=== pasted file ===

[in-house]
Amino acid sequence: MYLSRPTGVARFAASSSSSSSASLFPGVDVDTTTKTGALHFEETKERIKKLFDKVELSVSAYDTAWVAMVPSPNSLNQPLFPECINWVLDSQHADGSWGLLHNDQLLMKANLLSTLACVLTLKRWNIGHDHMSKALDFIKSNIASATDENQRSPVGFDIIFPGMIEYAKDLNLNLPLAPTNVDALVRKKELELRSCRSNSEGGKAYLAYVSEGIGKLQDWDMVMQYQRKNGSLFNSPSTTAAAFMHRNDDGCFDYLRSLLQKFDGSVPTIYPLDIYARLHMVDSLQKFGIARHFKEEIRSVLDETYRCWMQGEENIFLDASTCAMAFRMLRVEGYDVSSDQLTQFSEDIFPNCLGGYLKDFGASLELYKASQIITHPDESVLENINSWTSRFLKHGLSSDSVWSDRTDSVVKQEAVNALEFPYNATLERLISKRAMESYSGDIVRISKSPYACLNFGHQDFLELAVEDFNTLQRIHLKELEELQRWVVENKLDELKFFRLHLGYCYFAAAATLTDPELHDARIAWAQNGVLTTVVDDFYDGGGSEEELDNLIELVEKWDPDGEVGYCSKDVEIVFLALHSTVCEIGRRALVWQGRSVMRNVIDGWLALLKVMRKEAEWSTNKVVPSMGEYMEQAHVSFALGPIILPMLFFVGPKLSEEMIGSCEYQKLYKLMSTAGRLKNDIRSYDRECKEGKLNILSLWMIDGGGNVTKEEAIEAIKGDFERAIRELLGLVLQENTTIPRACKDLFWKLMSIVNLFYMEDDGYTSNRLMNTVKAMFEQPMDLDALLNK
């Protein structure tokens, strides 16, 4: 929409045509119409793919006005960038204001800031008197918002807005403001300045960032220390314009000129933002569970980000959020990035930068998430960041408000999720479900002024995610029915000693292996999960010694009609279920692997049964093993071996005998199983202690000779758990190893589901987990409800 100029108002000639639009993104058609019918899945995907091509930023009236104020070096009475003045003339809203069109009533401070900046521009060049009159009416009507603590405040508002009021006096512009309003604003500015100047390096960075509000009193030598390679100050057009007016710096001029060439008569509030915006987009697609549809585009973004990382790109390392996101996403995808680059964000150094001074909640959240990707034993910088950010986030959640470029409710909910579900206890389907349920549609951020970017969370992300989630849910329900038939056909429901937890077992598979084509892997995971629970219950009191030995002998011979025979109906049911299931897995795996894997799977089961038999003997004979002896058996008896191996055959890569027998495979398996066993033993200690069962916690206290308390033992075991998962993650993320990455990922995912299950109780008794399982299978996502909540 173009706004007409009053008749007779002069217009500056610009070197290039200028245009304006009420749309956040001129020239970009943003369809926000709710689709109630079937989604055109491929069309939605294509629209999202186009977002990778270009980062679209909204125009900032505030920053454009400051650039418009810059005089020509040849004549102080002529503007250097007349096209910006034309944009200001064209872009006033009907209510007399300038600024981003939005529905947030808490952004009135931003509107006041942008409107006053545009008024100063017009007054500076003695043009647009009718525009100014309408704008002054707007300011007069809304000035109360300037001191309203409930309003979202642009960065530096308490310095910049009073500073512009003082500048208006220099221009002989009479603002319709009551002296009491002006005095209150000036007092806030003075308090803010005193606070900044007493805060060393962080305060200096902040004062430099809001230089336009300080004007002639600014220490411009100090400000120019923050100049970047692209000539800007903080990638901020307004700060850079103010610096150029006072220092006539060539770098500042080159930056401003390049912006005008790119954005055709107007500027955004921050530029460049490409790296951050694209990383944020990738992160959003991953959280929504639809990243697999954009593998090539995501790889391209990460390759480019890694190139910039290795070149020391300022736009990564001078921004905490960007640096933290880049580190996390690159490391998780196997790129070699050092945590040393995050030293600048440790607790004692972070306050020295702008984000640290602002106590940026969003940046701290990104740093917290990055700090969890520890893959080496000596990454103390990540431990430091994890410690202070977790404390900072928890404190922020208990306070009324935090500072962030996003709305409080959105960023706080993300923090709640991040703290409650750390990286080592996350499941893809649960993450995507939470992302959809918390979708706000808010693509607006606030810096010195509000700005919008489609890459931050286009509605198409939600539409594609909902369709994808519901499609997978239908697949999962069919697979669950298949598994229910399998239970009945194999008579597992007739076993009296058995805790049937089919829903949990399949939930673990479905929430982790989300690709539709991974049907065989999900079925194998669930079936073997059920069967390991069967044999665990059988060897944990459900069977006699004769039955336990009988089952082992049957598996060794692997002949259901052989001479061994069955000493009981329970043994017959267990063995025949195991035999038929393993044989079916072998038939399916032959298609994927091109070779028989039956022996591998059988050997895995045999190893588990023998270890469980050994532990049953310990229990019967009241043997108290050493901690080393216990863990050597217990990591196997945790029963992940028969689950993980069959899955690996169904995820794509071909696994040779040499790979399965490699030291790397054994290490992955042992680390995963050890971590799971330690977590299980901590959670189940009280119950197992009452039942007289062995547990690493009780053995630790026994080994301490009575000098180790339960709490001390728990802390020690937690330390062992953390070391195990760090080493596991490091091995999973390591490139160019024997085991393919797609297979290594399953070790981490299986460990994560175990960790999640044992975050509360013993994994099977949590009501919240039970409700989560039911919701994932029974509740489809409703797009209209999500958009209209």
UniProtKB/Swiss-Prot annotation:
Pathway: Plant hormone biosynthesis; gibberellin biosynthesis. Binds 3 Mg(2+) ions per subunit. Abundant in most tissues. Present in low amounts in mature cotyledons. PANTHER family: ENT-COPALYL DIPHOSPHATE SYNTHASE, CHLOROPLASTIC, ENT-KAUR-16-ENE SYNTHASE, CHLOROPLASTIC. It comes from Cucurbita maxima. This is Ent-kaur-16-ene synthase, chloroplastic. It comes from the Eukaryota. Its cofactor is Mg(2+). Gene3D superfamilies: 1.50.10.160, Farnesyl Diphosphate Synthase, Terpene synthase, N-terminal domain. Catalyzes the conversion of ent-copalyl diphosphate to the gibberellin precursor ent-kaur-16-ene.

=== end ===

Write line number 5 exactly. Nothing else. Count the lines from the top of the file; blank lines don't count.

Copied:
Pathway: Plant hormone biosynthesis; gibberellin biosynthesis. Binds 3 Mg(2+) ions per subunit. Abundant in most tissues. Present in low amounts in mature cotyledons. PANTHER family: ENT-COPALYL DIPHOSPHATE SYNTHASE, CHLOROPLASTIC, ENT-KAUR-16-ENE SYNTHASE, CHLOROPLASTIC. It comes from Cucurbita maxima. This is Ent-kaur-16-ene synthase, chloroplastic. It comes from the Eukaryota. Its cofactor is Mg(2+). Gene3D superfamilies: 1.50.10.160, Farnesyl Diphosphate Synthase, Terpene synthase, N-terminal domain. Catalyzes the conversion of ent-copalyl diphosphate to the gibberellin precursor ent-kaur-16-ene.